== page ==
Neurological Sciences

, Volume 30, Issue 4, pp 361–364 | Cite as

Blood levels of homocysteine, cysteine, glutathione, folic acid, and vitamin B12 in the acute phase of atherothrombotic stroke

  • Giuseppe Salemi
  • M. C. Gueli
  • M. D’Amelio
  • V. Saia
  • P. Mangiapane
  • P. Aridon
  • P. Ragonese
  • I. Lupo
Brief Communication

Abstract

Blood levels of total homocysteine (tHcy), cysteine (Cys), total and reduced glutathione (tGSH and rGSH), folic acid (FA), and vitamin B12 (B12) change during ischemic stroke as accompaniment of the tissue damage. The relationship between these changes remains scantly investigated. We evaluated the variation of these molecules in the 48 h after acute large artery atherothrombotic stroke (LAAS) and searched for the presence of matched variation of them. The study involved 50 subjects affected by acute LAAS and 49 healthy controls. Plasma levels of tHcy and Cys were significantly higher and serum levels of FA and B12 and plasma levels of rGSH were significantly lower in the patients than in the control group. Acute LAAS was associated with increased Hcy—decreased tGSH and decreased FA/tGSH. Pathways involved in cellular stress and in tissue repair are activated during acute LAAS.

Keywords

Large artery atherothrombotic stroke Homocysteine Cysteine Folic acid Vitamin B12 Reduced glutathione 

References

  1. 1.
    Miller AL (2003) The methionine—homocysteine cycle and its effects on cognitive diseases. Altern Med Rev 8:7–19PubMedGoogle Scholar
  2. 2.
    Virtanen JK, Voutilainen S, Happonen P et al (2005) Serum homocysteine, folate and risk of stroke: Kuopio Ischaemic Heart Disease Risk Factors (KIHD) study. Eur J Cardiovasc Prev Rehabil 12:369–375PubMedCrossRefGoogle Scholar
  3. 3.
    Lindgren A, Brattstrőm L, Norrving B, Hultberg B, Andersson A, Johansson BB (1995) Plasma homocysteine in the acute and convalescent phases after stroke. Stroke 26:795–800PubMedGoogle Scholar
  4. 4.
    Wong PT, Qu K, Chimon GN et al (2006) High plasma cyst(e)ine level may indicate poor clinical outcome in patients with acute stroke: possible involvement of hydrogen sulfide. J Neuropathol Exp Neurol 65:109–115PubMedCrossRefGoogle Scholar
  5. 5.
    Kocer A, Ince N, Canbulat EC, Sargin M (2004) Serum vitamin B12 and folic acid levels in acute cerebral atherothrombotic infarction. Tohoku J Exp Med 204:155–161PubMedCrossRefGoogle Scholar
  6. 6.
    Christen WG, Ajani UA, Glynn RJ, Hennekens CH (2000) Blood levels of homocysteine and increased risks of cardiovascular disease: causal or casual? Arch Intern Med 160:422–434PubMedCrossRefGoogle Scholar
  7. 7.
    The Health Outcomes Prevention Evaluation (HOPE) 2 Investigators (2006) Homocysteine lowering with folic acid and B vitamins in vascular disease. New Engl J Med 354:1567–1577CrossRefGoogle Scholar
  8. 8.
    Adams HP Jr, Bendixen BH, Kappelle LJ, Biller J, Love BB, Gordon DL, Marsh EEIII (1993) Classification of subtype of acute ischemic stroke. Definitions for use in a multicenter clinical trial. Stroke 24:35–41PubMedGoogle Scholar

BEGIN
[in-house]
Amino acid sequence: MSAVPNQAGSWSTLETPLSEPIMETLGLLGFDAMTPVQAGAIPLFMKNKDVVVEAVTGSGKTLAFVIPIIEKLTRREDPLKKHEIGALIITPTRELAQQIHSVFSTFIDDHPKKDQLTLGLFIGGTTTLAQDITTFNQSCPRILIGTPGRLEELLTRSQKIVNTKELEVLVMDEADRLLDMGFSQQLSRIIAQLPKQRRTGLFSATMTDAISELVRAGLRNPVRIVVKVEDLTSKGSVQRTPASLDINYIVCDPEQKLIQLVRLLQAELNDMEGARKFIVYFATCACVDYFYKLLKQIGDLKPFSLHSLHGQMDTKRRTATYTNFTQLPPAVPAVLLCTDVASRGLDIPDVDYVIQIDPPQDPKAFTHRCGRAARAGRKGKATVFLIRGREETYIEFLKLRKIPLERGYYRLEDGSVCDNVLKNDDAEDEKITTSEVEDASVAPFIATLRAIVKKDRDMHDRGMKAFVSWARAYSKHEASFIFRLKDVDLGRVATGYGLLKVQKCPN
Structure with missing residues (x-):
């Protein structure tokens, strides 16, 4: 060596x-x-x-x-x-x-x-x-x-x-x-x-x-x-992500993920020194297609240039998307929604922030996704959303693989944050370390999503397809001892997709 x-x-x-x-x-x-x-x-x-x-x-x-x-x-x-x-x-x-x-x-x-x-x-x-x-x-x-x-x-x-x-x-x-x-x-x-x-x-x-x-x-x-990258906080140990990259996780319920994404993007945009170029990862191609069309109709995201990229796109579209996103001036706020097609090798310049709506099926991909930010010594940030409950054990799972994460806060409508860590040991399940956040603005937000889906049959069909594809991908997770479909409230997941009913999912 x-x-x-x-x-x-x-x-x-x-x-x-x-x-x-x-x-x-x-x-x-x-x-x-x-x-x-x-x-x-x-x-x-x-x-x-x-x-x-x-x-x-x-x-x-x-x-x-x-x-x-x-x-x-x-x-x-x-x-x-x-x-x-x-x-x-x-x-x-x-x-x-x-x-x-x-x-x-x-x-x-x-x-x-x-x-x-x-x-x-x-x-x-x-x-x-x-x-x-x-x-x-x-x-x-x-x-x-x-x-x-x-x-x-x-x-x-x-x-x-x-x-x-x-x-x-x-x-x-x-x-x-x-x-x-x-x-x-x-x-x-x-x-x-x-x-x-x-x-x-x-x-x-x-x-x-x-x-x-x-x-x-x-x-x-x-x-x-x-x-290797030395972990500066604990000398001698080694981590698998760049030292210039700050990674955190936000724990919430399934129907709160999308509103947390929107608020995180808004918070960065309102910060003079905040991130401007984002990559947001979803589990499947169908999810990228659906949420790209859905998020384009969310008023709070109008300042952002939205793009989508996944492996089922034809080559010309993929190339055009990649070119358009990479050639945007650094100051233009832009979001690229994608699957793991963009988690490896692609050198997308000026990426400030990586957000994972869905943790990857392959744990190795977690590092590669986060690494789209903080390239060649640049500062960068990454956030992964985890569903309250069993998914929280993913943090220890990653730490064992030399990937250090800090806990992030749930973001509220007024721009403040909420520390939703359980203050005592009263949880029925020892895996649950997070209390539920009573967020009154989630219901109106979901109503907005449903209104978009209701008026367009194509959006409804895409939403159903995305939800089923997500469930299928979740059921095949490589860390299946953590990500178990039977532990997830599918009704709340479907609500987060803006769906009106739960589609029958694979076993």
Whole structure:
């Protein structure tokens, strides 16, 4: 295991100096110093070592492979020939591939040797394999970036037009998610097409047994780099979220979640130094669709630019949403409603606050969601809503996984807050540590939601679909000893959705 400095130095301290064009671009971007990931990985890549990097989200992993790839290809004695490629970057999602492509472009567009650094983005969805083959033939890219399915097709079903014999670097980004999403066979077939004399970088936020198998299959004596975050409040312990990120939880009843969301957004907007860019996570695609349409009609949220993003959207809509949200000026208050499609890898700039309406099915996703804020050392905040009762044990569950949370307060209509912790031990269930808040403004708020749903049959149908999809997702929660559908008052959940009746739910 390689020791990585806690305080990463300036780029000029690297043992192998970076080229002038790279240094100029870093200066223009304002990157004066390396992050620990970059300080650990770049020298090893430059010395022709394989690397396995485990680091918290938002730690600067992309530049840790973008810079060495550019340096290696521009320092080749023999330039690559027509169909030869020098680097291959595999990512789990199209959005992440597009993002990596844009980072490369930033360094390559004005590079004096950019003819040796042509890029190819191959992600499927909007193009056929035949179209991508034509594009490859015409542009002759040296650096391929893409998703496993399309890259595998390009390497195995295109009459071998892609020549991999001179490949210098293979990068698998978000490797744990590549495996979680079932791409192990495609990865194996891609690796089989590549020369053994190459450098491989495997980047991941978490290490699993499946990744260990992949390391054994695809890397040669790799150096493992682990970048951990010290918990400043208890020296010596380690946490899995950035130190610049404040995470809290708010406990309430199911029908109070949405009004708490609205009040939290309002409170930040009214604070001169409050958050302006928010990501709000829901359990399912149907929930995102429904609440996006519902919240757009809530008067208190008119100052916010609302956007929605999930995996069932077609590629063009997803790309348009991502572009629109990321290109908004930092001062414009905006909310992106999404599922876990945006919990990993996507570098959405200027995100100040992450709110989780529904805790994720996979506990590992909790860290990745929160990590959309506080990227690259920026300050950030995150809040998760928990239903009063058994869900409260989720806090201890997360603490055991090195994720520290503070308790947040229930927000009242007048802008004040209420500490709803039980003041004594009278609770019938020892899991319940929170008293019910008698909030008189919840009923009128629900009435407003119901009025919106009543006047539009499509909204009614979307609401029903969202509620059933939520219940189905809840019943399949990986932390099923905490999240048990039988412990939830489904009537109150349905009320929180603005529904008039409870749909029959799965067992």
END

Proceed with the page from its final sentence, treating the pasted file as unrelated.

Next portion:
9. 9.
    Eikelboom JW, Hankey GJ, Anand SS, Lofthouse E, Staples N, Baker RI (2000) Association between high homocysteine and ischemic stroke due to large- and small-artery disease but not other etiologic subtypes of ischemic stroke. Stroke 31:1069–1075PubMedGoogle Scholar
  10. 10.
    Warlow CP (1988) Epidemiology of stroke. Stroke 352(Suppl III):1–4Google Scholar
  11. 11.
    Sheps SG, Dart RA (1998) New guidelines for prevention, detection, evaluation and treatment of hypertension: Joint National Committee VI. Chest 113:263–265PubMedCrossRefGoogle Scholar
  12. 12.
    Richard JL, Sultan A, Daures JP, Vannerean D, Parer-Richard C (2002) Diagnosis of diabetes mellitus and intermediate glucose abnormalities in obese patients based on ADA (1997) and WHO (1985) criteria. Diabet Med 19:292–299PubMedCrossRefGoogle Scholar
  13. 13.
    Ubbink JB, Hayward VW, Bissbort S (1991) Rapid high-performance liquid chromatographic assay for total homocysteine levels in human serum. J Chromatogr 565:441–446PubMedCrossRefGoogle Scholar
  14. 14.
    Norussis MJ (1994) SPSS Advanced Statistics 6.1. SPSS Inc., ChicagoGoogle Scholar
  15. 15.
    Dudman NP (1999) An alternative view of homocysteine. Lancet 354:2072–2074PubMedCrossRefGoogle Scholar
  16. 16.
    Austin RC, Lentz SR, Werstuck GH (2004) Role of hyperhomocysteinemia in endothelial dysfunction and atherothrombotic disease. Cell Death Differentiation 11:S56–S64CrossRefGoogle Scholar
  17. 17.
    Qu K, Chen CPLH, Halliwell B, Moore PK, Wong PTH (2006) Hydrogen sulfide is a mediator of cerebral ischaemic damage. Stroke 37:889–893PubMedCrossRefGoogle Scholar
  18. 18.
    Namba K, Takeda Y, Sunami K, Hirakawa M (2001) Temporal profiles of the levels of endogenous antioxidants after four-vessel occlusion in rats. J Neurosurg Anesthesiol 13:131–137PubMedCrossRefGoogle Scholar
  19. 19.
    Warner DS, Sheng H, Batinić-Haberle I (2004) Oxidants, antioxidants and the ischemic brain. J Exp Biol 207:3221–3231PubMedCrossRefGoogle Scholar

Copyright information

© Springer-Verlag 2009

Authors and Affiliations

  • Giuseppe Salemi
    • 1
  • M. C. Gueli
    • 2
  • M. D’Amelio
    • 1
  • V. Saia
    • 1
  • P. Mangiapane
    • 1
  • P. Aridon
    • 1
  • P. Ragonese
    • 1
  • I. Lupo
    • 1
  1. 1.Section of Neurology, Department of Clinical NeuroscienceUniversity of PalermoPalermoItaly
  2. 2.Department of Biochemical SciencesUniversity of PalermoPalermoItaly

Personalised recommendations